But we can have an effect on the national regulations that will be written (remember, these standards are just guidelines for such rules).  We can - and should! - let our regulatory agencies know of our concerns, and be active and involved stakeholders - those are the ones who make a difference. It takes an effort, but this activity can be rewarding - personally and professionally.  Conversations with agency staff members are interesting (to both sides) and can lead to modification of existing rules, a say in proposed rules, and being consulted on future plans.As an example: when APHIS began to enforce the requirement for phytosanitary certificates for seeds, which threatened to disrupt all our seedexes, they had no idea that there were such things as organizational seed exchanges. Once they learned about seedexes, the organizations behind them, and their careful management practices that lead to a low phytosanitary risk, they were very willing to work toward easing the phyto requirement.

The USDA-APHIS website has a page where you can join the Stakeholders Registry, to receive notifications and information on a wide variety of topics:  https://web01.aphis.usda.gov/PPQStakeWeb2.nsf/Stakeholders?OpenForm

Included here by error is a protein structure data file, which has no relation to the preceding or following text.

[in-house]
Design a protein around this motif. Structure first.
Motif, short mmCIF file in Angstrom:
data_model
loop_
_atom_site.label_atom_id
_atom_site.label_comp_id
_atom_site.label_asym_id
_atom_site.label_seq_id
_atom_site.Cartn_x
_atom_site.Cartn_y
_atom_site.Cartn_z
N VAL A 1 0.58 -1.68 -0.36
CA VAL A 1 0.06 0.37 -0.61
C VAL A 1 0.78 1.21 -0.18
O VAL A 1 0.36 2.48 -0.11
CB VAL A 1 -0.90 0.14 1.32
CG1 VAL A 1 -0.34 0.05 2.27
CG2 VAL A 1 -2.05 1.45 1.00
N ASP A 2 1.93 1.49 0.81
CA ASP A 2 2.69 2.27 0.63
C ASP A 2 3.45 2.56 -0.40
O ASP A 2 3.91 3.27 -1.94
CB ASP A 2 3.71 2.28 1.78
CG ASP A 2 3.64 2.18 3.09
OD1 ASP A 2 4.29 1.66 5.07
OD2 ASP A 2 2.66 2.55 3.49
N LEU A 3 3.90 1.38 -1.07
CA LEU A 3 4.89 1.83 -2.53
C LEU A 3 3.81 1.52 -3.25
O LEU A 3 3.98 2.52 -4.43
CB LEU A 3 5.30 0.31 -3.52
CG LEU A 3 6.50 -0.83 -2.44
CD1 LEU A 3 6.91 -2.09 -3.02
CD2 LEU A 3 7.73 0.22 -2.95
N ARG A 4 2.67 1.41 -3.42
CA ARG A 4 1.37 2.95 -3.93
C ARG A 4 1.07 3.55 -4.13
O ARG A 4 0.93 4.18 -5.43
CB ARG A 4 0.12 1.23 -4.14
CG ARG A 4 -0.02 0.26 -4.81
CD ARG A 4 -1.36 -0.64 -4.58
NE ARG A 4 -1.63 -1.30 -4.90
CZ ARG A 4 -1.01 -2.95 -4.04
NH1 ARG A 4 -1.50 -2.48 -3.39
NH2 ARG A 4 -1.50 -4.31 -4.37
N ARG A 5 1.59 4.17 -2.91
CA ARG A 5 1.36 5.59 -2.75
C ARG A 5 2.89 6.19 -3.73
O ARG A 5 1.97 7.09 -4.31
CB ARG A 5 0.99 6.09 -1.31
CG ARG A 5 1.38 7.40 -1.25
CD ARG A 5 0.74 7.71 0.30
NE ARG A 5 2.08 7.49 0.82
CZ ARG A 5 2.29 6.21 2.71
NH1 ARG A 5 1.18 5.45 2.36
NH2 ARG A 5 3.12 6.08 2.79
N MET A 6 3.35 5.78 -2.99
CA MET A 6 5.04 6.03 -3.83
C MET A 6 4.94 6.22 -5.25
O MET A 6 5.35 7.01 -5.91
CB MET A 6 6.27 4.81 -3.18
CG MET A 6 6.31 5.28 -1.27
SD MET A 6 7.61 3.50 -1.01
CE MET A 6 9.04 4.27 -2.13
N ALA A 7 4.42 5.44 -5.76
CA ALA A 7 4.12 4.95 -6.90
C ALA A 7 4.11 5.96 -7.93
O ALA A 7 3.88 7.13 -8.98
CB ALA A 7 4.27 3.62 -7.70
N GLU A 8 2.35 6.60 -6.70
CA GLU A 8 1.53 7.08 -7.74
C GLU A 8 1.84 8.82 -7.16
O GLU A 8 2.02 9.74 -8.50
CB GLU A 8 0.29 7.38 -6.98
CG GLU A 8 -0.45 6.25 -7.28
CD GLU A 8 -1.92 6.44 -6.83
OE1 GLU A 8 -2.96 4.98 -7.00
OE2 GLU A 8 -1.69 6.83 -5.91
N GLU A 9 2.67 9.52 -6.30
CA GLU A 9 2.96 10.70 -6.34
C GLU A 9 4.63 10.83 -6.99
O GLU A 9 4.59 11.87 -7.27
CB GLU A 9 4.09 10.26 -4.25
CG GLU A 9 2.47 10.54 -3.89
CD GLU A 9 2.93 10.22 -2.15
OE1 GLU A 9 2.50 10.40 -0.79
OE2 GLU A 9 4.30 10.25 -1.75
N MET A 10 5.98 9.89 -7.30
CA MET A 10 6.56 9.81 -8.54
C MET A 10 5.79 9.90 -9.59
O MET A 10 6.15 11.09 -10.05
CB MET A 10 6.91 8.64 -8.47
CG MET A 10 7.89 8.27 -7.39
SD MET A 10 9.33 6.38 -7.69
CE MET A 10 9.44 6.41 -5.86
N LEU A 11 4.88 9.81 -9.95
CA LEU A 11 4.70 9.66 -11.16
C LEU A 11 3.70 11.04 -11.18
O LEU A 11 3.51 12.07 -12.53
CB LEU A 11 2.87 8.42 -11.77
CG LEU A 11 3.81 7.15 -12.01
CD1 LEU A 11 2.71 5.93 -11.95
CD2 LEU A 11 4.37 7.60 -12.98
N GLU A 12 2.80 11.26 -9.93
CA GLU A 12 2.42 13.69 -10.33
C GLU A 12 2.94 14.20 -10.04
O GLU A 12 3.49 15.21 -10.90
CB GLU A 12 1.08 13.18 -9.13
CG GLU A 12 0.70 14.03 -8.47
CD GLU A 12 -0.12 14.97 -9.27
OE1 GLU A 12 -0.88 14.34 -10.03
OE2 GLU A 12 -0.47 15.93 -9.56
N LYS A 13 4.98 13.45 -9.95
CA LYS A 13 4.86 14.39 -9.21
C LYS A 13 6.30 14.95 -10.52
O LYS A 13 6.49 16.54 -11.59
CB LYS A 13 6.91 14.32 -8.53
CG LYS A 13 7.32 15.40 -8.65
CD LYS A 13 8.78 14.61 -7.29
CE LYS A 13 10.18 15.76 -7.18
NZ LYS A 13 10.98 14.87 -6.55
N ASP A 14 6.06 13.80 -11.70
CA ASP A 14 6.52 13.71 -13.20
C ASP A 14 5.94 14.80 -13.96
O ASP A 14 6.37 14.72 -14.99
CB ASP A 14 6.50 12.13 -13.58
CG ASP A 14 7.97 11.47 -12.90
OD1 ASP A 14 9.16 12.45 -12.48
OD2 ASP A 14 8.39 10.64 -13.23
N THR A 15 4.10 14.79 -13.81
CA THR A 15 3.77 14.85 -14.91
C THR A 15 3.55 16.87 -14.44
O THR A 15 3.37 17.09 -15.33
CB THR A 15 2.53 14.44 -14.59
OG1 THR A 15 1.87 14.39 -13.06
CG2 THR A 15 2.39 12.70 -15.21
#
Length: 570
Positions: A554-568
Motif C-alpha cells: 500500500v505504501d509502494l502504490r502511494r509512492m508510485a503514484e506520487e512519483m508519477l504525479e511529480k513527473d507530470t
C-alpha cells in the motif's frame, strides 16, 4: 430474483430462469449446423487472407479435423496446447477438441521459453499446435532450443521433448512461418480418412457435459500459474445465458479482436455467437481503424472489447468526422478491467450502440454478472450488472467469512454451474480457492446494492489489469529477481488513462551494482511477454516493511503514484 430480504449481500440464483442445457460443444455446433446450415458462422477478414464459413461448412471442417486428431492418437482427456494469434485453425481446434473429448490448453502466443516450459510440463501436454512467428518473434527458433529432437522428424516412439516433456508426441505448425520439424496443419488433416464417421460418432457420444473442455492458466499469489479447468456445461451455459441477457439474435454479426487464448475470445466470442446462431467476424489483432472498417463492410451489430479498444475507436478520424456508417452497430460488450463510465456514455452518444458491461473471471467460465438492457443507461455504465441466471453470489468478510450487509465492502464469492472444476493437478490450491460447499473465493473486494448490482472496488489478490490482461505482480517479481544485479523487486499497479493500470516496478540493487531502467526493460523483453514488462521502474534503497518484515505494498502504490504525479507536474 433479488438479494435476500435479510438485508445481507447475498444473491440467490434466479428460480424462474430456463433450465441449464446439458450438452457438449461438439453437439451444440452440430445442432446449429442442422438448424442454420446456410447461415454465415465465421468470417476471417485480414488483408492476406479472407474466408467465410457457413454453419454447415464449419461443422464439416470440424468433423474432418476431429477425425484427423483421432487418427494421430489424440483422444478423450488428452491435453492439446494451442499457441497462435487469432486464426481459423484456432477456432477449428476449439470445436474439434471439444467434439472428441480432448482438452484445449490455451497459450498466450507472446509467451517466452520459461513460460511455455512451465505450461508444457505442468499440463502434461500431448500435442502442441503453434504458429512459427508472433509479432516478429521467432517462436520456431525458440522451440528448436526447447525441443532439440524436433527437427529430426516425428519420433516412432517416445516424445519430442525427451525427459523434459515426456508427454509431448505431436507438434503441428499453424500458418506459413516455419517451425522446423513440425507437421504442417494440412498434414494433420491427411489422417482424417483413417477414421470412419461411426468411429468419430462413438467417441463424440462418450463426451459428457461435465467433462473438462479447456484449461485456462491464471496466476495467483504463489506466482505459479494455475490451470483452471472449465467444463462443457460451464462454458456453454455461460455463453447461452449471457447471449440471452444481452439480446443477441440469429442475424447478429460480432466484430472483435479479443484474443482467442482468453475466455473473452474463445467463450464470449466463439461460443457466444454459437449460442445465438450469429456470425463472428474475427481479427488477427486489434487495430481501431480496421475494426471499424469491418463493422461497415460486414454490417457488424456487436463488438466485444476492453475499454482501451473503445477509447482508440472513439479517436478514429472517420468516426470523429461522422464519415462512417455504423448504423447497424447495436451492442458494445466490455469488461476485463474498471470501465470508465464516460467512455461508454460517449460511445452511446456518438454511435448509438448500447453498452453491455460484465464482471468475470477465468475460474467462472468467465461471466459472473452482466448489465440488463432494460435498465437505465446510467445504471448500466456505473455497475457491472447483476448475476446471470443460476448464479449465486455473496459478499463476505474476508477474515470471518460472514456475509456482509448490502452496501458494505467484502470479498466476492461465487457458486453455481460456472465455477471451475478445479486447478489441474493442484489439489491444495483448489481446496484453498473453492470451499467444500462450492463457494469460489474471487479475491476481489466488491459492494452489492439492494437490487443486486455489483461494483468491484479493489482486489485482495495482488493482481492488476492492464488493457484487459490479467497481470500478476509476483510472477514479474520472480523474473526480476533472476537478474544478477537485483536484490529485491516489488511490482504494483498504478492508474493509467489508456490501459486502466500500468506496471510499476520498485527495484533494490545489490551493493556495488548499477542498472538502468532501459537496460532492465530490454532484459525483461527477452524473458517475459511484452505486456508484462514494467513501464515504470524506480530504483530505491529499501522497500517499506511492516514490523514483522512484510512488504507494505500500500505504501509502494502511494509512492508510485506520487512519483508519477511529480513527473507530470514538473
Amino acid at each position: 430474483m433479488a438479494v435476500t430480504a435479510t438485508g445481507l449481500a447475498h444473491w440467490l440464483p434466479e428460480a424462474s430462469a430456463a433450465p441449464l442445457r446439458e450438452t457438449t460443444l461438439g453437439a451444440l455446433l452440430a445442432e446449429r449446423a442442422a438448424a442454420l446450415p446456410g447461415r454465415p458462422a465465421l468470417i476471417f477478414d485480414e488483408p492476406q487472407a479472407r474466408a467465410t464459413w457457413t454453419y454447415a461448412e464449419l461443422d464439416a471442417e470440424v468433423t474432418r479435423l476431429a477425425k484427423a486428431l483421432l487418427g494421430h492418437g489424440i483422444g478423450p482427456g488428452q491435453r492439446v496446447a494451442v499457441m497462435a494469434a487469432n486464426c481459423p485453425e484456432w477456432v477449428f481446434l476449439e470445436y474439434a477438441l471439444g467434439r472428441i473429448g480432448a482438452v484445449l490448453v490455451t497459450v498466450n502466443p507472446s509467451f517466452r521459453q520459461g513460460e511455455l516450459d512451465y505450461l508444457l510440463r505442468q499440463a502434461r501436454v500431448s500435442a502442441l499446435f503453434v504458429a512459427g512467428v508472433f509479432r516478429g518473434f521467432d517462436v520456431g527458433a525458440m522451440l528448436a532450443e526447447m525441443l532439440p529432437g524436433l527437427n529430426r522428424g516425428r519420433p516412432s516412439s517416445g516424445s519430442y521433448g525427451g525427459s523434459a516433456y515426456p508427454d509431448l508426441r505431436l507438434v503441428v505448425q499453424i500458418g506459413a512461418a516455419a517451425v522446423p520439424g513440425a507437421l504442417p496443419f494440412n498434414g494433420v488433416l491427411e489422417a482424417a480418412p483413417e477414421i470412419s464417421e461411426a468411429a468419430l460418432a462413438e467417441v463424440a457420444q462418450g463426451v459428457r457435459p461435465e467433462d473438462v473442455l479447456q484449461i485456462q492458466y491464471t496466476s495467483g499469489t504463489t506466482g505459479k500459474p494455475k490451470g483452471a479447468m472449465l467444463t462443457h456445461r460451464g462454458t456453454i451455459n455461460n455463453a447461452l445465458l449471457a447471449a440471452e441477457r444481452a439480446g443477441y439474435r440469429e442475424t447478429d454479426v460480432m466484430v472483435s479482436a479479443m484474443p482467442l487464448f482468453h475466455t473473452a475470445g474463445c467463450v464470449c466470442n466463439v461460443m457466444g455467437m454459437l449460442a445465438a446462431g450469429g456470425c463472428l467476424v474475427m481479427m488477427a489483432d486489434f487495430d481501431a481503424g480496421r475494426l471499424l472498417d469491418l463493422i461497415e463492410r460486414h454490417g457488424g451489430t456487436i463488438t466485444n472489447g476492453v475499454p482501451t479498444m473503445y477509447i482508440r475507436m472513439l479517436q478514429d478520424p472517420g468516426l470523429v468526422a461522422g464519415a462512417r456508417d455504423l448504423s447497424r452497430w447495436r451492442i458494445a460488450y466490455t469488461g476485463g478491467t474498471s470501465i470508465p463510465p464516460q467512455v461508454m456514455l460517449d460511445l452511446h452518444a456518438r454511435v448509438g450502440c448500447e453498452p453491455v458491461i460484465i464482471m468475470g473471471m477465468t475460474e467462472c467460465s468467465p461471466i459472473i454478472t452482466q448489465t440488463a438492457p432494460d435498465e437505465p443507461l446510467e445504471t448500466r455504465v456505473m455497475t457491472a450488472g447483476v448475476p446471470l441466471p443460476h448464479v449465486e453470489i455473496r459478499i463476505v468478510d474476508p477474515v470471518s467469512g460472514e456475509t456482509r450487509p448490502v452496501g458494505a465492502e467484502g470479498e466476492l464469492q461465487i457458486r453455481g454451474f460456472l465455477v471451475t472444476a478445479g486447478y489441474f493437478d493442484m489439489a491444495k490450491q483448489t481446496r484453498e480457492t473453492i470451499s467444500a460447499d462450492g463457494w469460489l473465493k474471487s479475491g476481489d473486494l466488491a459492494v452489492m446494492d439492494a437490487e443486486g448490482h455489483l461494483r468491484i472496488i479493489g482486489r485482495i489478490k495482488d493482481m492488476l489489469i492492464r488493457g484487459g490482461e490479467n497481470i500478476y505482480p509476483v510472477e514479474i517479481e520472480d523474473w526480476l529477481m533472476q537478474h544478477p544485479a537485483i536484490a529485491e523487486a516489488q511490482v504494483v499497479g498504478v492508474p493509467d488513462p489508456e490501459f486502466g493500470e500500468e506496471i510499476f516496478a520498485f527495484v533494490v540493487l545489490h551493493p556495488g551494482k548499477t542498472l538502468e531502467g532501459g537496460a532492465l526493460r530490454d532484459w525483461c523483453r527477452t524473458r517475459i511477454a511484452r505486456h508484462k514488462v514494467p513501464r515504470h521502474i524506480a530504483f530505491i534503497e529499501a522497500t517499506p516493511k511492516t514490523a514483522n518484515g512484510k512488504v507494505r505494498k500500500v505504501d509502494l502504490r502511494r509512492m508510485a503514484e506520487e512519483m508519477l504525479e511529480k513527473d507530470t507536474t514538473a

DEFRA (in the UK) has Consultations: http://ww2.defra.gov.uk/about/consultations/which invites comment from stakeholders on a range of proposed policies, laws, and rules. 

Europa, the gateway for the European Union, has a page where you can "Have your say on EU policies:"  http://europa.eu/take-part/consultations/index_en.htmThis page leads to several others with areas for discussions, consultations (comments), and other tools (contacts, problems, opinions).

Step up, and have your say!

IMYoung
Title: Member
Joined: 2010-01-31

You may catch up with posts on the SRGC forum on this subject : http://www.srgc.org.uk/smf/index.php?topic=5848.msg162150#msg162150

Ian  and/or Margaret Young ( -here it is usually Margaret) Aberdeen , North East Scotland, UK Zone 8a

www.srgc.net

alpinegarden
Title: Member
Joined: 2010-08-04